As discussed fully in the copyright section of this site, OIF does not own the copyrights to any of Osho’s books. The documents Osho allegedly signed were at most licenses for publishing rights for not more than eight books . Further, according to those documents any future discourses Osho gave were not to be part of the license unless Osho specifically gave them to the licensee. He had the option of refusing to give any future work. There is no evidence that Osho ever included more than eight books in the license. Since there is no original of the license document, not even the license for eight books can be proven in court.
The most OIF, Zurich could possibly own (if the document could ever be authenticated) would be an exclusive right to publish the material included in the eight books listed. Further, there’s no evidence that OIF owned rights other than those belonging to Osho in the books.
Since Osho didn’t write books, but gave discourses that had to be transcribed, edited, designed, and so on, many people besides Osho were involved in creating the books. Each of those persons whose contribution was copyrightable owned the rights to their own works unless they had specifically given those rights away. Whether or not transcribing, editing, designing, and so on created a copyright interest in the work depends on the law of the country where the work was done. In the same way, the sufficiency of any assignment of rights depends on the law of that country. For example, in the US work-for-hire agreements must be in writing and signed before the work is completed in order to be legally enforceable.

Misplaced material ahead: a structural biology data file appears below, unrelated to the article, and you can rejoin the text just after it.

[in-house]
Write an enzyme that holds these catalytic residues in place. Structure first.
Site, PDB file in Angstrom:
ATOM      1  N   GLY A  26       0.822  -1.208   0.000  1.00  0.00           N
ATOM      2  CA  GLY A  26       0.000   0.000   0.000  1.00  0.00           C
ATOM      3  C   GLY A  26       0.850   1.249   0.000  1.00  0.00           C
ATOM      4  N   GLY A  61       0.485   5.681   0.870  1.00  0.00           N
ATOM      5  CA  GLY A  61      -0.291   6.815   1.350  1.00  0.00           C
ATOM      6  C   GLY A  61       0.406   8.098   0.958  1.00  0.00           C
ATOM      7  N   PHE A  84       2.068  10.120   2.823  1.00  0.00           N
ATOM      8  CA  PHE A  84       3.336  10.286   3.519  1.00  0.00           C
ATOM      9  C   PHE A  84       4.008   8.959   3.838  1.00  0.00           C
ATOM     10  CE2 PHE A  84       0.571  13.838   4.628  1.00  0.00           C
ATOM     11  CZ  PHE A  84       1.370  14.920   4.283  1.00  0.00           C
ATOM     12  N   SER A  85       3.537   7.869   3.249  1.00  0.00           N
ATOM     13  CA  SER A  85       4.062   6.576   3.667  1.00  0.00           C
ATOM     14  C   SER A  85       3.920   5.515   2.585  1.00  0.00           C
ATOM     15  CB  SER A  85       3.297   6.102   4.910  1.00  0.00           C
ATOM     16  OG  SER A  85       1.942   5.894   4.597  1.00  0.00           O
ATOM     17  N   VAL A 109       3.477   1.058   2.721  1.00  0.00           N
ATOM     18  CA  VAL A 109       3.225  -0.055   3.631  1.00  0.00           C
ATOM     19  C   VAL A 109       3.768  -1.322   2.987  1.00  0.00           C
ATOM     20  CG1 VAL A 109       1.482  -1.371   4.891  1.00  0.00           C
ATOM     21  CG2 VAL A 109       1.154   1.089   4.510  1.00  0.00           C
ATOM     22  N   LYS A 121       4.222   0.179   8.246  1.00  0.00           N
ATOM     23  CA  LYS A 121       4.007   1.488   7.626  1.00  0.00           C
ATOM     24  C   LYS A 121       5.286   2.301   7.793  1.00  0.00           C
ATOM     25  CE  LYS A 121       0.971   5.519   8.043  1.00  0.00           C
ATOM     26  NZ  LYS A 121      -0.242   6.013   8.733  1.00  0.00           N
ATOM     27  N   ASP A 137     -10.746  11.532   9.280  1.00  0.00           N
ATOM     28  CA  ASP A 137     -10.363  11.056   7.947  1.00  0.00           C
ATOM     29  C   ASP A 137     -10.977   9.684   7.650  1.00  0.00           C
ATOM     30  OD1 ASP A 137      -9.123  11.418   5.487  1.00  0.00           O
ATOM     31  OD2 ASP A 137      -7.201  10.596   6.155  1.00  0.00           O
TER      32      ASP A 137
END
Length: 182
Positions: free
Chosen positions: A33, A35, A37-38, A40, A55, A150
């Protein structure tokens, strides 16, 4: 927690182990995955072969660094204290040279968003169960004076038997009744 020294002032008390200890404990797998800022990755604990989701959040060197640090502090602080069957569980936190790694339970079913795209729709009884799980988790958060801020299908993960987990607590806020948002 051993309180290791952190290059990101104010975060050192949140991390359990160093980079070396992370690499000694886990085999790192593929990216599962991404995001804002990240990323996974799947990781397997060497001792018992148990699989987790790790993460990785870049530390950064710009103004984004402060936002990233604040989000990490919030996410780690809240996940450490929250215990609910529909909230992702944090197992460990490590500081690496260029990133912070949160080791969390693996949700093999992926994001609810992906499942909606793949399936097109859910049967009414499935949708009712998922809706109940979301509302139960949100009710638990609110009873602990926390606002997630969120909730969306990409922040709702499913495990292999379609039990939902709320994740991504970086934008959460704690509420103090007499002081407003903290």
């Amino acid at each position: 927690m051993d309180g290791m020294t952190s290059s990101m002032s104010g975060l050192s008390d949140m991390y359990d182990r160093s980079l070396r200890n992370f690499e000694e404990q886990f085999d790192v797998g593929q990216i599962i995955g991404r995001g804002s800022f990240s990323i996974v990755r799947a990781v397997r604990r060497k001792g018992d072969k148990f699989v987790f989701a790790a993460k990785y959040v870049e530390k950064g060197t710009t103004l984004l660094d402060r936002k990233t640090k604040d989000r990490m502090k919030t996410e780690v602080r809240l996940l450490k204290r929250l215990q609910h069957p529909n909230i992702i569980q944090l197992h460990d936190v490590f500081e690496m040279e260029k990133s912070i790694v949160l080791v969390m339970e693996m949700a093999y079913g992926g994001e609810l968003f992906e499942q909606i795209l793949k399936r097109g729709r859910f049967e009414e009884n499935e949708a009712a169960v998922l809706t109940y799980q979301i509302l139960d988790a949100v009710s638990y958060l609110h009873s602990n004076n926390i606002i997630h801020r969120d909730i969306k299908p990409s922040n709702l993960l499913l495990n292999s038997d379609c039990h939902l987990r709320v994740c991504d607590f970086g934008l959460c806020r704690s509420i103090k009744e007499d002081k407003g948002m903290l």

Given the nature of Osho’s work and the way books were created, it would be virtually impossible for anyone to own all the rights in one book, let alone all the books. They could start from scratch and do the transcribing and editing over again, but the cost of that would probably be prohibitive.
OIF, Zurich's claim to own exclusive rights in all of Osho’s books is without foundation and can never be proved.